A writer, scholar and activist, Monica A. Coleman is committed to connecting faith and social justice. An ordained elder in the African Methodist Episcopal (AME) Church, Coleman has earned degrees from Harvard University, Vanderbilt University and Claremont Graduate University. Coleman is currently Associate Professor of Constructive Theology and African American Religions and Co-Director of the Center for Process Studies at Claremont School of Theology in southern California. Coleman’s writings focus on the role of faith in addressing critical social issues. She is the author of The Dinah Project, Making a Way Out of No Way, Not Alone, and editor or co-editor of Ain’t I a Womanist Too? and Creating Women’s Theology. Coleman speaks widely on religion and sexuality, religious pluralism, churches and social media, mental health, and sexual and domestic violence.
Process & Faith Coordinator
The Rev. David Grant Smith is a D.Min. student at Claremont School of Theology. He earned his M.Div. in Pastoral Muscianship at Colgate-Rochester Divinity School and Bexley Hall Seminary in Rochester, NY. David has served in parish ministry, both lay and ordained, for many years, and his D.Min. studies are focused on the application of process theology into parish ministry. David may be reached at the Process & Faith office by emailing firstname.lastname@example.org or by calling 909-447-2533.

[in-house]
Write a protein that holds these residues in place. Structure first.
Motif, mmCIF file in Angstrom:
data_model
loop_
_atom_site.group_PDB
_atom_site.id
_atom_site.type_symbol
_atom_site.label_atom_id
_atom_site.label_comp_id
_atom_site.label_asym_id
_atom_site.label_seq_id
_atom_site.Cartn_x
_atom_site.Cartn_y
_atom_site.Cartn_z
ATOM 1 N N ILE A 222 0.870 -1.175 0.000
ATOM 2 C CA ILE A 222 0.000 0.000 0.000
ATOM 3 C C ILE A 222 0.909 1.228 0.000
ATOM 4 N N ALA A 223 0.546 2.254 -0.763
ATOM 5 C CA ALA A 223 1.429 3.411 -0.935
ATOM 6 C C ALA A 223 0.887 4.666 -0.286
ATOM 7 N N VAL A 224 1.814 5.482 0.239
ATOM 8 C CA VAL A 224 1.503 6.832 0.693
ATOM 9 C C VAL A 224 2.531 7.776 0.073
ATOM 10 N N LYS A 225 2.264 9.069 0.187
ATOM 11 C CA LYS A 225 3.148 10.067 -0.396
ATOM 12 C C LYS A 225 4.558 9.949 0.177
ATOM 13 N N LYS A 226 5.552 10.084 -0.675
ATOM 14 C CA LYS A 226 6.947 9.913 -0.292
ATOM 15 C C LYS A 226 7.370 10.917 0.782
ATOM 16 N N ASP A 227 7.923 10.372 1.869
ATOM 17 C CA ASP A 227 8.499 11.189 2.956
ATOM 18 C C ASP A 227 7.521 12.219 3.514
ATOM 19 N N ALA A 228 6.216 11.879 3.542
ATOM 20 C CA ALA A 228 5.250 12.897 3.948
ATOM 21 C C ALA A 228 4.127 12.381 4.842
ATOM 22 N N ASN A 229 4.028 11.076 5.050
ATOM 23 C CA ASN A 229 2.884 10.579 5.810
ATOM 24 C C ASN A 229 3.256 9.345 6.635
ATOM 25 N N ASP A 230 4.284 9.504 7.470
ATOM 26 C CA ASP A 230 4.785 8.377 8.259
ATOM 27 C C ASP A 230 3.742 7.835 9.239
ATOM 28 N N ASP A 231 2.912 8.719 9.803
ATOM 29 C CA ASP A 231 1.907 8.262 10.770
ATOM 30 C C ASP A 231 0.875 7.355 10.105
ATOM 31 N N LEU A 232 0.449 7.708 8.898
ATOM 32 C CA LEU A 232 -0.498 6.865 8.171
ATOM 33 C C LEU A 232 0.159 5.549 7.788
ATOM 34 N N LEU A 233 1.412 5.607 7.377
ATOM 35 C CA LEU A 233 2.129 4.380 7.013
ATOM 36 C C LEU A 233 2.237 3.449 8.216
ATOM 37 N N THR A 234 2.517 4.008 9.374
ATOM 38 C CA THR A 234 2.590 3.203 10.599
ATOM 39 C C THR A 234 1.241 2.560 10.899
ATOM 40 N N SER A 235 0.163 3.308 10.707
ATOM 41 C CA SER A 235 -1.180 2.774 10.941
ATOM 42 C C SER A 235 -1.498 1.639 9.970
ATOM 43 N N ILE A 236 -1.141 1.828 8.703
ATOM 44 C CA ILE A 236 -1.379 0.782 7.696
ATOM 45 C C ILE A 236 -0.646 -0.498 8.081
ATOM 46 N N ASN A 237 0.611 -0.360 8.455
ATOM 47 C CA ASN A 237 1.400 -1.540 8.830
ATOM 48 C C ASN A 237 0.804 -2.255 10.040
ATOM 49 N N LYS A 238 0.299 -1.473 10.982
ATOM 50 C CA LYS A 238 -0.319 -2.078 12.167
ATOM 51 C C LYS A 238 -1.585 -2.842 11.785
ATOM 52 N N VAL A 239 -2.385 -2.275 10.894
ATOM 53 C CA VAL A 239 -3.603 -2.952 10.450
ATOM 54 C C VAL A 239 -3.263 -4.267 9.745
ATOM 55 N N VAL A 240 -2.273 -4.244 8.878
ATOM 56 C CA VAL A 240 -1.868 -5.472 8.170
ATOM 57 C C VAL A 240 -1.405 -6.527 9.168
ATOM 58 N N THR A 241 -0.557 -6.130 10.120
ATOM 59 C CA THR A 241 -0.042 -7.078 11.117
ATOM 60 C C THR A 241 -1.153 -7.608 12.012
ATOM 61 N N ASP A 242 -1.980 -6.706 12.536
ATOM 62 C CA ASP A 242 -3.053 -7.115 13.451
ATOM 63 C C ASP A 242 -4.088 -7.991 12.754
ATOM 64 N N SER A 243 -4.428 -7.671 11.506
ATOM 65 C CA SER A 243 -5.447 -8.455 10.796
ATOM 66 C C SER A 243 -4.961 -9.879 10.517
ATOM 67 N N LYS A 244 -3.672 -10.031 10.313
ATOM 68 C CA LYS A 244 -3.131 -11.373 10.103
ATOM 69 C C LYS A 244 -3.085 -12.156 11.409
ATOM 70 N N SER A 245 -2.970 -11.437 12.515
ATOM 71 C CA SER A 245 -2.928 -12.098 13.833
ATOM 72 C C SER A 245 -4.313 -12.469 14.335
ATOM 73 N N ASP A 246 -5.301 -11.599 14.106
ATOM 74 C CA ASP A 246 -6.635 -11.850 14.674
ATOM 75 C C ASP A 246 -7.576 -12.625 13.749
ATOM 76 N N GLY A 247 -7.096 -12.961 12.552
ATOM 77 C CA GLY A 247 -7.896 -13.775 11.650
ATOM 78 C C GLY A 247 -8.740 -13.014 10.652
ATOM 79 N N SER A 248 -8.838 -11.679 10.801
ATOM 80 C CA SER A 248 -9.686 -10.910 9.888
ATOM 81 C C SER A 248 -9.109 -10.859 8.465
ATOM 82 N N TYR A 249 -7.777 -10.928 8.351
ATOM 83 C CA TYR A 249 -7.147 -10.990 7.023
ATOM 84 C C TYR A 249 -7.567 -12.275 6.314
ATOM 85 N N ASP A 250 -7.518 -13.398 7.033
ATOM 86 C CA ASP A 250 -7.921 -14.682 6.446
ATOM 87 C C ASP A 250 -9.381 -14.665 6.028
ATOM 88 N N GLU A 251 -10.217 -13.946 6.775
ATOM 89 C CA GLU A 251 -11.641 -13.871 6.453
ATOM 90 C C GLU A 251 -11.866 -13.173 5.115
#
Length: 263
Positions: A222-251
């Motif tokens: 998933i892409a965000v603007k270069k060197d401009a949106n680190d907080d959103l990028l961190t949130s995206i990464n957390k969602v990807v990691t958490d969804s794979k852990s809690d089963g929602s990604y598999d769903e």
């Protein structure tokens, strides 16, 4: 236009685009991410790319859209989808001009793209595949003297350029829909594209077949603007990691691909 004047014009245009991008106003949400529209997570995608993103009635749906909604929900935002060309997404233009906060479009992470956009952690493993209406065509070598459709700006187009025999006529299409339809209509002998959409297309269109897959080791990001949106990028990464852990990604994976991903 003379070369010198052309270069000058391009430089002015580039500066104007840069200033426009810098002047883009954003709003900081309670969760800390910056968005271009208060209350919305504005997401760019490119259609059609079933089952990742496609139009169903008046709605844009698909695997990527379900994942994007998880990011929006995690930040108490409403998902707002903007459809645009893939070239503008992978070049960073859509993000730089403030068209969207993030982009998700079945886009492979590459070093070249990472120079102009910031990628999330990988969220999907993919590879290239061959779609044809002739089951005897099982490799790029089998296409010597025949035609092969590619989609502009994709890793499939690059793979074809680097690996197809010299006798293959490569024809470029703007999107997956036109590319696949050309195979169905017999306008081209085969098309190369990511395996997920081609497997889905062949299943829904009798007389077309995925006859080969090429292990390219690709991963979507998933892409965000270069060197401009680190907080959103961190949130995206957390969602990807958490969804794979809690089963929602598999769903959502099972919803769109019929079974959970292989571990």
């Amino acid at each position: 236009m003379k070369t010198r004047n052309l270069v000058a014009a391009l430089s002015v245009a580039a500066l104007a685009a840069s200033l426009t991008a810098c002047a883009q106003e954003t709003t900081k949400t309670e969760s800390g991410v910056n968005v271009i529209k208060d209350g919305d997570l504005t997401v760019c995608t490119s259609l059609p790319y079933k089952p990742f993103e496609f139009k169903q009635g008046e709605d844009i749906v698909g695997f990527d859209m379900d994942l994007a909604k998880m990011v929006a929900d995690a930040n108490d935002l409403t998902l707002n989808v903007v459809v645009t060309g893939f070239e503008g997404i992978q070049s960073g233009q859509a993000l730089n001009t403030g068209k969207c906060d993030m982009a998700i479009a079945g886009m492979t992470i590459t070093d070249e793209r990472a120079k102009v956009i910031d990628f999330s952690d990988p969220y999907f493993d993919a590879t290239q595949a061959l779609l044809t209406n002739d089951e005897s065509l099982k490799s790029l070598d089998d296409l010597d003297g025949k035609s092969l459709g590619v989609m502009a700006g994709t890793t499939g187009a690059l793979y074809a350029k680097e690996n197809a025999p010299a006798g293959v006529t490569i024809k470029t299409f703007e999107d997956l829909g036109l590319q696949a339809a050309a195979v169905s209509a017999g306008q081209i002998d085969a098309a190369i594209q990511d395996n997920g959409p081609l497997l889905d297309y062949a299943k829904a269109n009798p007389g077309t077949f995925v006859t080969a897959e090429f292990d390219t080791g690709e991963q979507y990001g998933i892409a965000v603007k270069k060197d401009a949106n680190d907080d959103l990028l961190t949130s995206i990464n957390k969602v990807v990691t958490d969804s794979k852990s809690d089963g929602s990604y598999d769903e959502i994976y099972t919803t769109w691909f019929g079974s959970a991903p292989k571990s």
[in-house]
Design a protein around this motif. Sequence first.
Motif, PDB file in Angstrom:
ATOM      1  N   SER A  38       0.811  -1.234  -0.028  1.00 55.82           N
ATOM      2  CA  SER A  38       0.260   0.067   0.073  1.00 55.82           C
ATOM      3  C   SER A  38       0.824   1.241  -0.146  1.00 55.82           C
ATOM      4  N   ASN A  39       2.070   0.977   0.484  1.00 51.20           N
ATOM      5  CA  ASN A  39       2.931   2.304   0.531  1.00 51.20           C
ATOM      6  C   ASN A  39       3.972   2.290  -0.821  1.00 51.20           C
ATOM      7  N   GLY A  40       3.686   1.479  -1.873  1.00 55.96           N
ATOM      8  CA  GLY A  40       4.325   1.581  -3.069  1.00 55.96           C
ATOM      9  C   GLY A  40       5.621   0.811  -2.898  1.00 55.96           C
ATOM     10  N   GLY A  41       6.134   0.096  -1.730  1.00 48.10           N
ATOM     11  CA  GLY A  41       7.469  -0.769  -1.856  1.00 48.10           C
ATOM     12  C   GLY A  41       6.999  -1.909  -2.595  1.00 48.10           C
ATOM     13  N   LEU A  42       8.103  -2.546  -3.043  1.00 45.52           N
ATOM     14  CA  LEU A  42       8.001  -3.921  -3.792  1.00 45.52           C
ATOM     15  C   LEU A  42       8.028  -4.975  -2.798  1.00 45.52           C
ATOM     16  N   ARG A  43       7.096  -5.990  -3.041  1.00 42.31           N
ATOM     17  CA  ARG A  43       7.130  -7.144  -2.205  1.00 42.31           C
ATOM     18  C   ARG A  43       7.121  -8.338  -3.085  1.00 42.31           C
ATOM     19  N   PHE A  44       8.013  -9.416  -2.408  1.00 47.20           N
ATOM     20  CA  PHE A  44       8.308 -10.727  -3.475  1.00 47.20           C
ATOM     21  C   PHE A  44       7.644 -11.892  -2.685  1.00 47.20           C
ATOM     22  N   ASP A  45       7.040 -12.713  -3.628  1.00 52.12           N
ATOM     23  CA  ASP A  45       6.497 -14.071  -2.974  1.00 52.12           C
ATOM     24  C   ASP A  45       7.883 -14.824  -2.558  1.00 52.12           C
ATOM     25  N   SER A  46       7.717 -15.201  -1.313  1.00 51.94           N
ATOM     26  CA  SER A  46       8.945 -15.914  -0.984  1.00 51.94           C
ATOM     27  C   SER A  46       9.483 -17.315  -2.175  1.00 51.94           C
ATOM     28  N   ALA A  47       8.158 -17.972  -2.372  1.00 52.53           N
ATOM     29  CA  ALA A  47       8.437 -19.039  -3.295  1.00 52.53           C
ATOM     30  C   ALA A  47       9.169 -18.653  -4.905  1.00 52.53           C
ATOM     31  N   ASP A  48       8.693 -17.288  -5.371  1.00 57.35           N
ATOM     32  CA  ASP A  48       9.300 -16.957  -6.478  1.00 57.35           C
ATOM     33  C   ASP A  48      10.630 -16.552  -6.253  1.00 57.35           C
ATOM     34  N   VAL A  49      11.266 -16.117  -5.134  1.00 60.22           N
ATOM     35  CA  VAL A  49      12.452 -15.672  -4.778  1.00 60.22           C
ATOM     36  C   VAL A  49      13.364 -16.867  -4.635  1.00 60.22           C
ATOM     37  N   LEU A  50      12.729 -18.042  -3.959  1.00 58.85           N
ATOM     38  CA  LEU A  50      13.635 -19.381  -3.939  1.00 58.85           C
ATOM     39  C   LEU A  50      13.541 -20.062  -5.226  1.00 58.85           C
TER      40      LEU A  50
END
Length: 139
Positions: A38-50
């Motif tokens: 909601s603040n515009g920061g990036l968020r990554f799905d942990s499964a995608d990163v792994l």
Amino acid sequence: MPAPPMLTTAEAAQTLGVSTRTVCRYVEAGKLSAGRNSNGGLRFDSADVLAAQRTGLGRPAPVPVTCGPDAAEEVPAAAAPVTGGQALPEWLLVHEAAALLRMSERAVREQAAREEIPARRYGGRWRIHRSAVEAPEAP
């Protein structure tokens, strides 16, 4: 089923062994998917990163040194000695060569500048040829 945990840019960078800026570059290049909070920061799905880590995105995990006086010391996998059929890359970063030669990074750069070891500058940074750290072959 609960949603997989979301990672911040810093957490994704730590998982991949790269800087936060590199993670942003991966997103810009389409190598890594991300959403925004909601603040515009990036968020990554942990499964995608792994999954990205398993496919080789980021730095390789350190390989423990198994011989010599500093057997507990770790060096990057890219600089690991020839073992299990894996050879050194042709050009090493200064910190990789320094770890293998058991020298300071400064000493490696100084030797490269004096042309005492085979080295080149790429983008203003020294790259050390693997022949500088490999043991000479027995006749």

An MDiv/MTS student at Claremont School of Theology, Oliver Lim hails from Singapore. He has a keen interest in interfaith engagement and process theology. Growing up in a multifaith family, Ollie hopes that his experience at Process and Faith would contribute towards his learning of how to build pluralist societies in the 21st century. Prior to being at CST, Ollie has worked in the public sector on issues pertaining to interfaith dialogue, HIV awareness and heritage conservation through archaeology. He holds an MA from the University of Edinburgh.